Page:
To Fix the Child Refugee Crisis, End the War on Drugs

A U.S. Border Patrol agent assists undocumented minors near the U.S./Mexico border

Photograph by John Moore/Getty Images

A U.S. Border Patrol agent assists undocumented minors near the U.S./Mexico border

Congress closed for the August recess this weekend without passing legislation to address the child refugee crisis on the Mexican border. Nearly 60,000 unaccompanied children, most from El Salvador, Guatemala, and Honduras, have entered the U.S. across that border in the last nine months, fleeing spiraling violence in their home countries—murder, rape, and attacks carried out by rival drug gangs, and attacks by police on suspect gang members.

The refugee crisis is now our problem, which is appropriate: The drug-linked violence that the children are fleeing is in large part our fault. Anti-drug policies in the U.S. and Europe have not succeeded in curbing drug use or in raising drug prices, but they have considerably increased crime and violence worldwide. It is time to shift the effort to focus on helping drug users at home rather than battling drugmakers and traffickers abroad.

A little-considered consequence of criminalization is displacement: When a state or country makes an activity illegal, the new criminals find new haven. Bordellos relocate to Nevada, Puritans flee to America, polluting industries settle in China. This kind of displacement suggests that others can bear the costs of an individual or community’s anti-crime measures. For example, if in the interest of preventing burglaries, home insurers require all their policyholders to use alarms or security cameras, burglars would shift their efforts to those without enhanced security measures: in this example, the uninsured, a group that is more vulnerable to begin with.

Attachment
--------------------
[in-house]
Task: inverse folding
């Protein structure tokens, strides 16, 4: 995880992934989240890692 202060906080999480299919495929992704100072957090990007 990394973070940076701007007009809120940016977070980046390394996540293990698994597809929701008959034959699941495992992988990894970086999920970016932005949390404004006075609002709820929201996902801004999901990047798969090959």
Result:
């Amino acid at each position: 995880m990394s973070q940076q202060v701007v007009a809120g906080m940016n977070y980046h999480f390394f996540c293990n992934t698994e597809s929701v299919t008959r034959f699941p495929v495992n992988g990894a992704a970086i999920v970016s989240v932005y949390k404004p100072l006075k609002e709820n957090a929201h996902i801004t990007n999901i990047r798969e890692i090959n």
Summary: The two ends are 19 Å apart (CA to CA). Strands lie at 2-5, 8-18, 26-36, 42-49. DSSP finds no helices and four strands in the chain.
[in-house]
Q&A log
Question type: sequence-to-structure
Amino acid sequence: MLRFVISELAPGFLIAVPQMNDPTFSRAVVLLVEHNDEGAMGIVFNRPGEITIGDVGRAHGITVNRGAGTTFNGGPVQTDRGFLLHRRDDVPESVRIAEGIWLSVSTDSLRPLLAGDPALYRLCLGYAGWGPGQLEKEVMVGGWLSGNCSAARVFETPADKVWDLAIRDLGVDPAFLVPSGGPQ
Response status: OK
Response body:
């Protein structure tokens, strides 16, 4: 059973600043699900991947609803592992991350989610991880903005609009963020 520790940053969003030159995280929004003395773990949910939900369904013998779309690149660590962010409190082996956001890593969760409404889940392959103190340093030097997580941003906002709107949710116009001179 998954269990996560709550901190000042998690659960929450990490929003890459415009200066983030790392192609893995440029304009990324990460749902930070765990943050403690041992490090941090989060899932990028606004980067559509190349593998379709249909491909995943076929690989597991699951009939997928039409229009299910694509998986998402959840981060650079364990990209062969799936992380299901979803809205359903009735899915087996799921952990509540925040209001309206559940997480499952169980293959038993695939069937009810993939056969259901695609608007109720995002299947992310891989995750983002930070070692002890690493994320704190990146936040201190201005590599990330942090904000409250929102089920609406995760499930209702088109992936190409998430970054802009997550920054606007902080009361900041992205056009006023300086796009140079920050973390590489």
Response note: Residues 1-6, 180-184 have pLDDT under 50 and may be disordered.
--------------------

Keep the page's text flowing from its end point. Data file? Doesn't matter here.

This is what has happened with drug production, which has concentrated in countries least able to control crime. Here’s a domestic example: In 2004, Oklahoma created the first state law mandating that drug stores place pseudoephedrine behind the pharmacy counter, limiting individual sales and registering the photo ID of purchasers. These regulations severely disrupted the supply of a vital ingredient in methamphetamine, and for Oklahoma, it was an effective intervention: The number of meth labs confiscated in the state dropped 71 percent in three months. But in neighboring Texas and Kansas, where pseudoephedrine remained more easily available, police officers complained of a dramatic increase in meth production. In 2008 the U.S. restricted pseudoephedrine sales nationally. So production moved abroad, first to Mexico and, when that country introduced similar laws, further south to Central America and Africa.

Trade routes can also be displaced. Around 2006, when Mexico declared war on its own drug cartels, violence ticked up in El Salvador, Guatemala, and Honduras. One result: The homicide rate in Honduras is now the highest in the world. The number of murders has more than doubled since 2006 and the rate is now 19 times that in the U.S., according to the United Nations.